See Saw Margery Daw - The Nursery Rhyme Collections

The Nursery Rhymes Collections 1-4 contain a total of 277 children's songs. Each double CD album showcases the highest quality children's music ever recorded with a total playing time in excess of 10 hours!

See Saw Margery Daw (Full Audio and Lyrics)

See saw Margery Daw
Jacky shall have a new master
He shall have but a penny a day
Because he can't work any faster

See saw Margery Daw
Jacky shall have a new master
He shall have but a penny a day
Because he can't work any faster

Words & Music: Traditional
Arrangement: Ian J Watts/Mike Wilbury



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Origin and background

There are several nursery rhymes included in this collection which are said to deal with poverty at the beginning and during the Industrial Revolution, especially amongst children. (e.g. See Saw Margery Daw, Little Tommy Tucker, Girls and Boys Come Out to Play). If we take into account the money paid to ‘Jacky‘, he/she would seem to be a child, because only children earned so little money and only children could work for such little money. A penny a DAY was really very little even in those days.

For a young boy chopping wood the going rate was 1 ½ pence PER HOUR, while a porter could expect a penny for shifting a bushel of coal. A waterman would expect six pence to take you from Westminster to London Bridge, while a barber would have asked for the same.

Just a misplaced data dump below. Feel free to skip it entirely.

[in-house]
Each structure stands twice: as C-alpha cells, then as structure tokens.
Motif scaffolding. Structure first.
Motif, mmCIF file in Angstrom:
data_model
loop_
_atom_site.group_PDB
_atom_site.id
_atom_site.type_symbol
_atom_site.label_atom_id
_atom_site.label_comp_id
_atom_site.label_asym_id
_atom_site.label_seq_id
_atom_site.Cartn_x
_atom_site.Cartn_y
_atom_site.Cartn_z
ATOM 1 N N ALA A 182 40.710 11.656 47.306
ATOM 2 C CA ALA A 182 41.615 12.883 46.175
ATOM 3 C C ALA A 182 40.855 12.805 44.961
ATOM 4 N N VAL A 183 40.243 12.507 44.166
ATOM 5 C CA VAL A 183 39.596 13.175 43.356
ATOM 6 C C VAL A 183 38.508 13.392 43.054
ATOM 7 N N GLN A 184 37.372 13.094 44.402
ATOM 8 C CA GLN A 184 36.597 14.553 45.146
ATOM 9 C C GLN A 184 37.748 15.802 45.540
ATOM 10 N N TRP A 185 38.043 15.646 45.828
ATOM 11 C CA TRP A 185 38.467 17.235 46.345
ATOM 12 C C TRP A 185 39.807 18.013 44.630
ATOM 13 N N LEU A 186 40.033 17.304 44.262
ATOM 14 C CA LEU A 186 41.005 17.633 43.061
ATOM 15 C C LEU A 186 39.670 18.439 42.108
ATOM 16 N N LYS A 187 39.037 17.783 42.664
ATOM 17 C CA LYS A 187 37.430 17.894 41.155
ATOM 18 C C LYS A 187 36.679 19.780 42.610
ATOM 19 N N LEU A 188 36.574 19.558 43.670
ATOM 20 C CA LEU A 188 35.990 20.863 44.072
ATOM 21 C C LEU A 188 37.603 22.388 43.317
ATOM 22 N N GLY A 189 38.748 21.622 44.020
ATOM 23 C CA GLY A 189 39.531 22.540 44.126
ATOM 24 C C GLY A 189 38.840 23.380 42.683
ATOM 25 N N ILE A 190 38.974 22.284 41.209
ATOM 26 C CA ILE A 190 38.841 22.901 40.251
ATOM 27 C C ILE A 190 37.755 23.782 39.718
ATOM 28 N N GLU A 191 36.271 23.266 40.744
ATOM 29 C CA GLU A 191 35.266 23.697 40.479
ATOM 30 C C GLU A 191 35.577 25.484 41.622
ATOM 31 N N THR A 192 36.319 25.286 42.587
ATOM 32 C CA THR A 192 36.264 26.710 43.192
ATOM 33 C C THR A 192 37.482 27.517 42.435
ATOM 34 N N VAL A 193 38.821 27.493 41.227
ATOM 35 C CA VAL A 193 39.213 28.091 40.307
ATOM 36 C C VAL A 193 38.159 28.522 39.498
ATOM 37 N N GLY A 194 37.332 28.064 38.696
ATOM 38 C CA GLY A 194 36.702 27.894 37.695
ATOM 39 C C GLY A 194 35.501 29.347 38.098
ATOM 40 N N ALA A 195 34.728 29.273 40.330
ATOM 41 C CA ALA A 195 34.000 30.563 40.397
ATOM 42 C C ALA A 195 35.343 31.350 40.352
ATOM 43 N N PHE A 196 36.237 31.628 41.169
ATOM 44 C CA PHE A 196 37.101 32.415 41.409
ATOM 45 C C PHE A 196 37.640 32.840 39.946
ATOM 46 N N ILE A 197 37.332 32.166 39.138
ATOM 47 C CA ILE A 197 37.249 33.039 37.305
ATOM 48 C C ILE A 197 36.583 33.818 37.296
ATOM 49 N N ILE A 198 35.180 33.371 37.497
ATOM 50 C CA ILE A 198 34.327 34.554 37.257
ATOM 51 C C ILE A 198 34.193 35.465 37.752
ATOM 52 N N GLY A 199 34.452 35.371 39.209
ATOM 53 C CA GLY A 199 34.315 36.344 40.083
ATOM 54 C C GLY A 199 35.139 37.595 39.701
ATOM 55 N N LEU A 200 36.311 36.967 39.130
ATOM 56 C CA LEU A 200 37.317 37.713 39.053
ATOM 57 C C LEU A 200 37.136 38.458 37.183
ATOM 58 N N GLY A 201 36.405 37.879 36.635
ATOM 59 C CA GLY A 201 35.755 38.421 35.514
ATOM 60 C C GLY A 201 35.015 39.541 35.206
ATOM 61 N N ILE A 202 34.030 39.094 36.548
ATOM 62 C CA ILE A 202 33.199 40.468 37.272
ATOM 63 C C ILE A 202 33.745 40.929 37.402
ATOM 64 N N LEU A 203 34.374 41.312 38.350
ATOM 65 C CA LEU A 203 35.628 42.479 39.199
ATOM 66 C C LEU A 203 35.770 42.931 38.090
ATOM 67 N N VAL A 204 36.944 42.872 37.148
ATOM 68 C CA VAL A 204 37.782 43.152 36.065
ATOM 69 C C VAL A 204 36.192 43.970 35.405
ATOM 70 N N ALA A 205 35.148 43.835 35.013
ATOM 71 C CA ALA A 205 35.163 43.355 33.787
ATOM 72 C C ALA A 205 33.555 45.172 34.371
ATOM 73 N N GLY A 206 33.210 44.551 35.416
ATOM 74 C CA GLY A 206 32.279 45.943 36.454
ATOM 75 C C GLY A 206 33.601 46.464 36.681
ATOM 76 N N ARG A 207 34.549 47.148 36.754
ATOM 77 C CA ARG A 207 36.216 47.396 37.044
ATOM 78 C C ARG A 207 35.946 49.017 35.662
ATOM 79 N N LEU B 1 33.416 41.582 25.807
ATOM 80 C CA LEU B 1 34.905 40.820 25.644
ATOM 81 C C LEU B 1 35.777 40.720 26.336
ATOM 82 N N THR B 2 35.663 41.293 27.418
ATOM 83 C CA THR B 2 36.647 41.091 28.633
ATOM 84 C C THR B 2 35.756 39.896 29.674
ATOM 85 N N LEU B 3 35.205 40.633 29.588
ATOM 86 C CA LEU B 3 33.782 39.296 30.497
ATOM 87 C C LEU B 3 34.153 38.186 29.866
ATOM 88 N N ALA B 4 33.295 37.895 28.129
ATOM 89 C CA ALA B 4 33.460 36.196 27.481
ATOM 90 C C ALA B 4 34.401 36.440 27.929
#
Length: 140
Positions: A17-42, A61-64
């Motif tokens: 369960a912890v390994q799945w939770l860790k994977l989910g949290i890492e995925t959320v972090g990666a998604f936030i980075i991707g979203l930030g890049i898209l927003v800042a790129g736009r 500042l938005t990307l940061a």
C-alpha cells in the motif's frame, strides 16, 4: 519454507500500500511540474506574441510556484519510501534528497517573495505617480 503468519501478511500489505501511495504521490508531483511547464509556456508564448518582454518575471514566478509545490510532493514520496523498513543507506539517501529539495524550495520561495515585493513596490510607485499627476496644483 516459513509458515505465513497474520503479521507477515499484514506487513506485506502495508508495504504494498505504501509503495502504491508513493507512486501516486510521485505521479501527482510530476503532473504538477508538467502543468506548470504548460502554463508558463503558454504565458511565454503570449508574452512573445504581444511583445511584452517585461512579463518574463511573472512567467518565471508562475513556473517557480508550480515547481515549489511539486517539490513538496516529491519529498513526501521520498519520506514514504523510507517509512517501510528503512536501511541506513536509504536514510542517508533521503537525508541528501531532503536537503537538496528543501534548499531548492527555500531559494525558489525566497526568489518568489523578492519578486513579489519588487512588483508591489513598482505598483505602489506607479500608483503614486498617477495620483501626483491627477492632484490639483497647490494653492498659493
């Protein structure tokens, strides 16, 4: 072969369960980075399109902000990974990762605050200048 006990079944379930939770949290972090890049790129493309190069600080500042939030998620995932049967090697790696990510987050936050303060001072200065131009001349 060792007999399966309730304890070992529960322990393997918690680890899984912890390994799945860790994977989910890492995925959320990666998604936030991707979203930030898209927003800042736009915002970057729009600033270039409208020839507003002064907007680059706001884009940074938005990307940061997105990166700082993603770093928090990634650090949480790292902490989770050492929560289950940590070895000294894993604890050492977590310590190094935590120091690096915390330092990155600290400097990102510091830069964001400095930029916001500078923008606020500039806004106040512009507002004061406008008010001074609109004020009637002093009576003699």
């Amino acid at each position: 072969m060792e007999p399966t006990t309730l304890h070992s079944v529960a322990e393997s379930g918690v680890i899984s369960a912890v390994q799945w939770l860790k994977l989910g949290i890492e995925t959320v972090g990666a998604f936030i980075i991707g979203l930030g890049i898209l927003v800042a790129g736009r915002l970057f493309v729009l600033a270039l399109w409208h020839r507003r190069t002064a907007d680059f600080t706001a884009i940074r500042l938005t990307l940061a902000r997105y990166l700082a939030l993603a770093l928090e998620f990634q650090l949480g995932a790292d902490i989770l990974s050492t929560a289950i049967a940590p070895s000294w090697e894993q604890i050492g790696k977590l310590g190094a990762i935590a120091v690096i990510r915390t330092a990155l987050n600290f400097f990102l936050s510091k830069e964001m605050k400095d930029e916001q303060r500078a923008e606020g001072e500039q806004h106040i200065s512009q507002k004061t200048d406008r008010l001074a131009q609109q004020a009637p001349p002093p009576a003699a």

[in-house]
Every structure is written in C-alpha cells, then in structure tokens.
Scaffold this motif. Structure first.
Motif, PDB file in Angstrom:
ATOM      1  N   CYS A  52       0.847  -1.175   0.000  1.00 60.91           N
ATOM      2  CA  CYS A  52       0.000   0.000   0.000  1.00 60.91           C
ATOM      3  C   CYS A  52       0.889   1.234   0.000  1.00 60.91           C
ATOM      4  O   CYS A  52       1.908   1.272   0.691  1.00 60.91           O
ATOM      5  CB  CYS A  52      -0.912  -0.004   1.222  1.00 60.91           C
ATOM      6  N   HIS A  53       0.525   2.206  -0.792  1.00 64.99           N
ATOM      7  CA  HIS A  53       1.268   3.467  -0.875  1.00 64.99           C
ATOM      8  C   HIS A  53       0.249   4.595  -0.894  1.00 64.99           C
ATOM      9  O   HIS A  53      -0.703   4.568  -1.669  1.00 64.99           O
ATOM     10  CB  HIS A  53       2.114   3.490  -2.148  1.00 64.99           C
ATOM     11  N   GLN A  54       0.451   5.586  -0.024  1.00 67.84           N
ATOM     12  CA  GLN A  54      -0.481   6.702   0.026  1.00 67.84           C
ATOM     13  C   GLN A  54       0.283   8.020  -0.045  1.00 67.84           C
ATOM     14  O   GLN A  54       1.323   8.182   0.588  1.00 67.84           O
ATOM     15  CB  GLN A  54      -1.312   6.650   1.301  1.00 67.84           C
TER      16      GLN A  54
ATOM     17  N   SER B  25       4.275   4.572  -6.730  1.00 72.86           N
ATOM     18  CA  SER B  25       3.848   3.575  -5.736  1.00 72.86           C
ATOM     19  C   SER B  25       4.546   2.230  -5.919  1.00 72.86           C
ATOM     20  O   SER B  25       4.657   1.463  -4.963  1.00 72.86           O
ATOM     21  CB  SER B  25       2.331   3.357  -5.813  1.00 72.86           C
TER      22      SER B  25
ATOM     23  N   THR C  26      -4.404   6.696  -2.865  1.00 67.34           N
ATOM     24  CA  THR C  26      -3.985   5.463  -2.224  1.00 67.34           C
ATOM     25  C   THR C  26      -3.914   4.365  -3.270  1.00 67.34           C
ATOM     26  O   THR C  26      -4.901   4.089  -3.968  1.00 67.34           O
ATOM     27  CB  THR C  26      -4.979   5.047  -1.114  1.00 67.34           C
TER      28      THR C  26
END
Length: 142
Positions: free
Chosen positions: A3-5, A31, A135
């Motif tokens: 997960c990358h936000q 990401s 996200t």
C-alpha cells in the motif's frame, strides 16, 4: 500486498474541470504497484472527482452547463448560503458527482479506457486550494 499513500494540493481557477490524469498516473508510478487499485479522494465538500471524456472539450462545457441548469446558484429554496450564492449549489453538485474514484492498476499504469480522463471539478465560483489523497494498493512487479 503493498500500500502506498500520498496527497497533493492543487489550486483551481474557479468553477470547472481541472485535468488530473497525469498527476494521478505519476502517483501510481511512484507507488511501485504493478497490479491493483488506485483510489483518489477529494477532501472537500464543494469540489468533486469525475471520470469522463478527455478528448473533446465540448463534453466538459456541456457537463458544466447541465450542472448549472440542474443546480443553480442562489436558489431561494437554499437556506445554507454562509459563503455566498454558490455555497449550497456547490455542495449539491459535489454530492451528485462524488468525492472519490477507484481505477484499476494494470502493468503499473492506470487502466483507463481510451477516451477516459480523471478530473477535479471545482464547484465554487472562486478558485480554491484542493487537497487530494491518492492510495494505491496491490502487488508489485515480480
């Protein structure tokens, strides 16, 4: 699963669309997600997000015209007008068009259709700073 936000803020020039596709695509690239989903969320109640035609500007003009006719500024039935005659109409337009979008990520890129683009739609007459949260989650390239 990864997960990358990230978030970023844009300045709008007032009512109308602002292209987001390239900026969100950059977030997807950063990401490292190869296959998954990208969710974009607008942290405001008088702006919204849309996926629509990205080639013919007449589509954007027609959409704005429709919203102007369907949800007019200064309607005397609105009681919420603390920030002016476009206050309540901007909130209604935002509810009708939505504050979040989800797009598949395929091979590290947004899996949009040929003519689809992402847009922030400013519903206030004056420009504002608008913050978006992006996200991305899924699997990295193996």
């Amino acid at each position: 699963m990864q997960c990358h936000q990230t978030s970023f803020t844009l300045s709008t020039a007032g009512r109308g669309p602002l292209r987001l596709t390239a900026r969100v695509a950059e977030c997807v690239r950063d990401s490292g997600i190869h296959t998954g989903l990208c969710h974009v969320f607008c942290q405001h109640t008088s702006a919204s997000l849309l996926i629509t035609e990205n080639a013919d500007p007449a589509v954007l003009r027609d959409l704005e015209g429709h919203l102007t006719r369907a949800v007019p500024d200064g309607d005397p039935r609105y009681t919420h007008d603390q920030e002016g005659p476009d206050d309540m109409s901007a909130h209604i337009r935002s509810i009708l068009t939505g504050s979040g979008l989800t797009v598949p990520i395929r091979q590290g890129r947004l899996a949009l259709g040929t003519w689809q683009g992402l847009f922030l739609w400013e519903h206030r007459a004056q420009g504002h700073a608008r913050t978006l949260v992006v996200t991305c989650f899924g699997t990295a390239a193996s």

source: http://www.oldbaileyonline.org/static/Coinage.jsp

Concerning Tommy Tucker, it is very plausible that the song is about poor working children, therefore we are really surprised by the sardonic tone of See Saw Margery Daw, and the fact that the child is blamed (“can’t work any faster“), instead of blaming the social situation which obliged children to work.

However, in the case of See Saw Margery Daw, there is an alternative theory regarding the origin of the song. It is well possible that the song was originally used to help keep rhythm when men worked with a two person saw - fitting very well to the movement of two children rocking on a seesaw. We see a phemomenon that occurs quite often: A song can become completely independent from its initial meaning (e.g. Gospel Songs like "She’ll be coming down the mountain", "Sweet Lord, sweet chariot"). It can happen as well that the circumstances in which a song is originally sung change completely. Today, of course, See Saw Margery Daw has simply become a children's song. Noboby is aware any more that initially it may have been about working children or a rhythmic chant used by workmen.

The assertion made by George Orwell, the famous author of ‘1984‘, is completely correct:

In many languages, it is said, there is no nonsense poetry, and there is not a great deal of it even in English. The bulk of it is in nursery rhymes and scraps of folk poetry, some of which may not have been strictly nonsensical at the start, but have become so because their original application has been forgotten. For example, the rhyme about Margery Daw:

See-saw, Margery Daw,
Dobbin shall have a new master.
He shall have but a penny a day
Because he can’t go any faster.

source: http://ebooks.adelaide.edu.au/o/orwell/george/o79e/part29.html

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